Animal populations have developed multiple strategies to deal with environmental change. Among them, the demographic buffering strategy consists in constraining the temporal variation of the vital rate(s) that most affect(s) the overall performance of the population. Tortoises are known to buffer their temporal variation in adult survival, which typically has the highest contribution to the population growth rate λ, at the expense of a high variability on reproductive rates, which contribute far less to λ....

RepeatModeler and RepeatMasker output files

Reuben Nowell, Christopher Wilson, Pedro Almeida, Philipp Schiffer, Diego Fontaneto, Lutz Becks, Fernando Rodriguez, Irina Arkhipova & Timothy Barraclough
Transposable elements (TEs) are selfish genomic parasites whose ability to spread autonomously is facilitated by sexual reproduction in their hosts. If hosts become obligately asexual, TE frequencies and dynamics are predicted to change dramatically, but the long-term outcome is unclear. Here, we test current theory using whole-genome sequence data from eight species of bdelloid rotifers, a class of invertebrates in which males are thus far unknown. Contrary to expectations, we find a variety of active...

Data from: The molecular phylogeny of Chionaster nivalis reveals a novel order of psychrophilic and globally distributed Tremellomycetes (Fungi, Basidiomycota)

Nicholas Irwin, Chantelle Twynstra, Varsha Mathur & Patrick Keeling
Snow and ice present challenging substrates for cellular growth, yet microbial snow communities not only exist, but are diverse and ecologically impactful. These communities are dominated by green algae, but additional organisms, such as fungi, are also abundant and may be important for nutrient cycling, syntrophic interactions, and community structure in general. However, little is known about these non-algal community members, including their taxonomic affiliations. An example of this is Chionaster nivalis, a unicellular fungus...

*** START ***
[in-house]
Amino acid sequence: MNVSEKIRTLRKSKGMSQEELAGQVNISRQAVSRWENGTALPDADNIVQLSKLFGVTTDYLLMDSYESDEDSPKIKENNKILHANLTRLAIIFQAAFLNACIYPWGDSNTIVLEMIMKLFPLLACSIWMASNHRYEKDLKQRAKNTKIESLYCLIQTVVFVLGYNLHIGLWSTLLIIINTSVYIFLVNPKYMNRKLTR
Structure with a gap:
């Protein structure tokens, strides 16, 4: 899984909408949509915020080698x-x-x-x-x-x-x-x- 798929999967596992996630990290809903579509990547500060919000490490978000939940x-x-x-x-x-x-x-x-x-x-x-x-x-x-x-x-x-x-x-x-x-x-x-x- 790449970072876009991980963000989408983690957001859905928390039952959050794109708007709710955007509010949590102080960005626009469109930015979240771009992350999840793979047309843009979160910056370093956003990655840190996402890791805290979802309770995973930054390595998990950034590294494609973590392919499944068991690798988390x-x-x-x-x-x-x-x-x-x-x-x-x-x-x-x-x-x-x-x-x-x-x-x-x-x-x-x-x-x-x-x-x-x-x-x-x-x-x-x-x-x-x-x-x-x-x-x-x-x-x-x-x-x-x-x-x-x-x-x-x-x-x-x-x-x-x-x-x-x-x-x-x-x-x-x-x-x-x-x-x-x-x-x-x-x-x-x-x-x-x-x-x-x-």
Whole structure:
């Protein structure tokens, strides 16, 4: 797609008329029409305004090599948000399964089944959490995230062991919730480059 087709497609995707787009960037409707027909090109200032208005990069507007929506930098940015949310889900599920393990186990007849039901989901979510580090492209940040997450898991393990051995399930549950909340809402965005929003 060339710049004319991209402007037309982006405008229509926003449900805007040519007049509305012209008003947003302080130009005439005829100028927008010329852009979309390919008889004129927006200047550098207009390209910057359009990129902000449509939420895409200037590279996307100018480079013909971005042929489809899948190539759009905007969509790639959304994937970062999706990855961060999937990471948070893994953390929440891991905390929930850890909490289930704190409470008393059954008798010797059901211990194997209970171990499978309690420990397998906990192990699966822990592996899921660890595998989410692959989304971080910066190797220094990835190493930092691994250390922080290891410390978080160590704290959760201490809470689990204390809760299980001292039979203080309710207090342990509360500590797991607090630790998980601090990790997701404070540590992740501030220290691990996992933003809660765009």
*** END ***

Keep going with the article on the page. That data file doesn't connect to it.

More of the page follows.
Data for: Plasmids do not consistently stabilize cooperation across bacteria, but may promote broad pathogen host-range

Anna Dewar
Horizontal gene transfer via plasmids could favour cooperation in bacteria, because transfer of a cooperative gene turns non-cooperative cheats into cooperators. This hypothesis has received support from theoretical, genomic and experimental analyses. In contrast, we show here, with a comparative analysis across 51 diverse species, that genes for extracellular proteins, which are likely to act as cooperative ‘public goods’, were not more likely to be carried on either: (i) plasmids compared to chromosomes; or (ii)...

Registration Year

  • 2021
    90

Resource Types

  • Dataset
    90

Affiliations

  • University of Oxford
    89
  • Yale University
    6
  • University College London
    5
  • Institute of Oceanology. PP Shirshov Russian Academy of Sciences
    4
  • University of Leeds
    4
  • University of Florida
    3
  • University of Georgia
    2
  • University of Groningen
    2
  • University of Cambridge
    2
  • German Center for Integrative Biodiversity Research
    2